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Understanding how the brain works facilitates education

Eugene A. Stead, Jr

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The final structure of the human brain is determined by genetic and environmental influences. We modify the brain by a process which we call education. Since the advent of the printing press we have stored information about ourselves and the rest of the universe by printing books and papers that are stored in libraries; government buildings private enterprises homes and many other places We expect parents and other responsible persons to select from this huge store of knowledge the material that will be most useful for the growing children. These materials are transferred to the memory areas of the brains by repetition and by the use of reward systems that causes the children to wish to repeat the learning experience.

By the age of 5, many children are enrolled in school where the transfer of material to the memory sections of the brain continues. Programs that produce the greatest storage of material in the brain are considered to be superior. This frame of reference persists through all forms of higher education. Before going on let us consider the difference between memory and thinking.

The memory portions of the brain can store and retrieve material on demand. We speak of short term and long term memory. Old persons may recall the events of their youth when they can no longer recall the events that occurred that morning. The normal brain can not hold memorized material for ever. The rate of memory decay has been studied in normal subjects under many conditions. Any new material is placed in the recent memory storage area and will not be retained for long unless the subject decides to do things that will facilitate the movement of the newly acquired material to the long term memory region. I can facilitate the movement by closing my eyes waiting a few minute and then seeing if I can accurately recall the newly acquired material. If the recall is correct I will repeat the process several times during the next few weeks until I am certain that the newly acquired material is now securely stored in long term memory f not occasionally reinforced the forgetting curve will still cause long term memory to fade.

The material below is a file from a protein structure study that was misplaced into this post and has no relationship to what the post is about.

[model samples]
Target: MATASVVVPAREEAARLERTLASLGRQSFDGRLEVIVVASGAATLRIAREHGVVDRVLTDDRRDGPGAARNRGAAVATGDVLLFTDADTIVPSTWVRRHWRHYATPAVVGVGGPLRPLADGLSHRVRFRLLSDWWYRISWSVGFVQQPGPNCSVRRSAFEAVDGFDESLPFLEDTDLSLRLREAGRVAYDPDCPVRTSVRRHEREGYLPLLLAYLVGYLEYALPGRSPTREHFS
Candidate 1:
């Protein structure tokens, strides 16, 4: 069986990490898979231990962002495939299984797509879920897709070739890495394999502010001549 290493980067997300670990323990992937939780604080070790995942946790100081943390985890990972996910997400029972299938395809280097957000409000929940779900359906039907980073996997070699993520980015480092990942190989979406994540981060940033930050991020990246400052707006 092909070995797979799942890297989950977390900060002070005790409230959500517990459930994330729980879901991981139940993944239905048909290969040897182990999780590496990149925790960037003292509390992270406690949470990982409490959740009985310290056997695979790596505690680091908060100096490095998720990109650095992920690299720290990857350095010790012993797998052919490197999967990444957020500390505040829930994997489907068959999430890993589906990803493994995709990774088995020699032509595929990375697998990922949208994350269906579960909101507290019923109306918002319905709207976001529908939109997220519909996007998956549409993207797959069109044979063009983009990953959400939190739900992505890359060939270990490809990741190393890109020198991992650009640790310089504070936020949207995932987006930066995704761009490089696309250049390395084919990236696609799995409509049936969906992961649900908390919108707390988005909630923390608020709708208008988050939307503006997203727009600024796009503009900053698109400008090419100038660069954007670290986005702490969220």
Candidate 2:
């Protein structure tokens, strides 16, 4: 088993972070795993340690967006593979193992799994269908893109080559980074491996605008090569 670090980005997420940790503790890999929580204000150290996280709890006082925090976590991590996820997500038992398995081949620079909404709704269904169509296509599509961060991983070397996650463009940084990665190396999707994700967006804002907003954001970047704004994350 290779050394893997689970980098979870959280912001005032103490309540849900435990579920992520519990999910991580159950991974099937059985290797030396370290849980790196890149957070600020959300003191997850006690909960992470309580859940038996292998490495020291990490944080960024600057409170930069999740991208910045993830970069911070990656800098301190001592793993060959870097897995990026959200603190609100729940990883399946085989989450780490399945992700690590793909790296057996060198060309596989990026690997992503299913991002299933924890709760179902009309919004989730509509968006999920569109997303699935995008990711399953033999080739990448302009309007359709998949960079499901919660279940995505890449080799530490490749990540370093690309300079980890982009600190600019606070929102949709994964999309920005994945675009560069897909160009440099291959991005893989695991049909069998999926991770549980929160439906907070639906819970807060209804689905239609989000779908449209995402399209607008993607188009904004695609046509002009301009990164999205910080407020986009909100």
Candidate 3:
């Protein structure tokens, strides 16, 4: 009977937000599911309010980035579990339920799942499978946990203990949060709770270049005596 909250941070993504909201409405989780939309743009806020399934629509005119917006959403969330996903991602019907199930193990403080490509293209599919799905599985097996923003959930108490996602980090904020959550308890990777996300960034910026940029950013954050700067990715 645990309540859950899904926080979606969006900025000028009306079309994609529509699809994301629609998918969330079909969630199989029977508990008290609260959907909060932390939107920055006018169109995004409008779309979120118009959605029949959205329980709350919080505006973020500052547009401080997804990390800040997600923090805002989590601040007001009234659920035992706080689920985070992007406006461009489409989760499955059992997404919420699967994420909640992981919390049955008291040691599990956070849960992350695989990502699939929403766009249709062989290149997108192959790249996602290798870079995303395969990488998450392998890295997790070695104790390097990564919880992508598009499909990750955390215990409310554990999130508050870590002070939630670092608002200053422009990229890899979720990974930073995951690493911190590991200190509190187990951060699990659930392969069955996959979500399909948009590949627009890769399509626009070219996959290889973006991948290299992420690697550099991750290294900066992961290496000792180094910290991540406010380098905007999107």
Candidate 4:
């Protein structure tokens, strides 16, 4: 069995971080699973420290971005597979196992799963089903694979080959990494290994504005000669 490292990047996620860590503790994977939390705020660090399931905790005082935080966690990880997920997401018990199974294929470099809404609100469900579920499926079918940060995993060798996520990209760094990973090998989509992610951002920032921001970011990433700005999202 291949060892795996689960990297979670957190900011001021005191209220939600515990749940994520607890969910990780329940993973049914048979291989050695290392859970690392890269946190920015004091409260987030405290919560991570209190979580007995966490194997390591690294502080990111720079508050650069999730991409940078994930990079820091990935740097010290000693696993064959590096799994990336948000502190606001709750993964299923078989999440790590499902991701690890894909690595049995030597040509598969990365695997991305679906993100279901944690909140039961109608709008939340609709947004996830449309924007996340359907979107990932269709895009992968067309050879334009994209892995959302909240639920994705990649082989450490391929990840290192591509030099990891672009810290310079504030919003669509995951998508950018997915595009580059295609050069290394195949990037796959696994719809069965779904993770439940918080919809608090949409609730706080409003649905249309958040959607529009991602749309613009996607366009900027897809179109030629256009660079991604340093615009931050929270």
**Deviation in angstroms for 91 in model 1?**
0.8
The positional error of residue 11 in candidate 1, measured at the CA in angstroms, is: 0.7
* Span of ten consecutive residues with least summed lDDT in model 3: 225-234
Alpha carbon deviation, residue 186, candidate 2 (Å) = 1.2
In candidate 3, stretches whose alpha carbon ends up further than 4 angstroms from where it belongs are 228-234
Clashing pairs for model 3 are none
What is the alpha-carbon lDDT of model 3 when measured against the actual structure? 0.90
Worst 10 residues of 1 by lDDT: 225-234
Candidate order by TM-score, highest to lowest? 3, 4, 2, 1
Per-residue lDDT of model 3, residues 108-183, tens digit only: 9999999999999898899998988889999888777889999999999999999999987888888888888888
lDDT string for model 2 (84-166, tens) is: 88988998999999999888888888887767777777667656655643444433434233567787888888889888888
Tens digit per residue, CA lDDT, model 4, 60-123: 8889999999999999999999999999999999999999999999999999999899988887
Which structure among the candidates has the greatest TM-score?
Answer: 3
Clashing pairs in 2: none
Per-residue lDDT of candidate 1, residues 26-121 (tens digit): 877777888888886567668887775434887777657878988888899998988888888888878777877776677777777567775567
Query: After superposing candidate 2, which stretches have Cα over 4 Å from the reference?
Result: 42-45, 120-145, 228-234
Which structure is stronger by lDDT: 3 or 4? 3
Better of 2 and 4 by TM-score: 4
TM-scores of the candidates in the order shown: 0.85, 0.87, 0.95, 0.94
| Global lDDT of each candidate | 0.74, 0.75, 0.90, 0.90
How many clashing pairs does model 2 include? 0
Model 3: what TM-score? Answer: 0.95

In summary we can agree that short term memory is very useful for events that occur on a daily weekly or monthly schedule, that effort is required to move material from short term to long term memory and thatt the forgetting curve keeps the human brain from being the ideal place to store all of knowledge acquired by man since the advent of the printing press.

Knowledge is measured with examination of the student. Many measure knowledge by what the student can remember. Grading these examinations are time consuming, but easy. I never liked this method since it did not measure thinking. Consequently, I asked questions for which I had no answers. I took my own exams and I liked to believe that my answers were better than those of my less experienced students but in truth many a student has aced me. All I can do is to give the student an A and remember the event for many years. Philip Handler, the Duke professor of biochemistry, was interested in how students learned. I teased him about his examination questions. As long as he knew the answers to his questions he was testing memory. I did not know the answers to my questions. I was encouraging the students to think. Those with better formulations than mine earned an A.

Over the years we have all debated to what degree could the computer replace the memory oriented educational system. The human brain is still the wonder of the biological systems and up to the present no one has made any progress towards creating a man made system equal to the human brain. We have more years in medical school,2 more years as a general medical intern before he can be licensed practicener. Many pointed out that our brain is not capable of storing all of the material discovered over the years by mankind. Is the computer able to replace the memory oriented educational system which requires the MD to enter kindergarden at the age of five ,spend 12 years in grammar and high school, 4 years in college, 4 year in medical school and then 2-4 more years are required to become a specialist.

To effectively function in the field of today one will continue to use the brain for short term memory storage. After all the brain is always with us and is ideally made for short term memory. The forgetting curve is neutralized by hourly and daily use of remembered material. Material that is only used once or twice per day will be stored in cheap handheld computers. The purpose of this paper is to encourage the teachers to prepare for the dramatic changes in education that will occur when long term memory is shifted to computers and the space in the brain previously used for long term memory becomes available for other uses.

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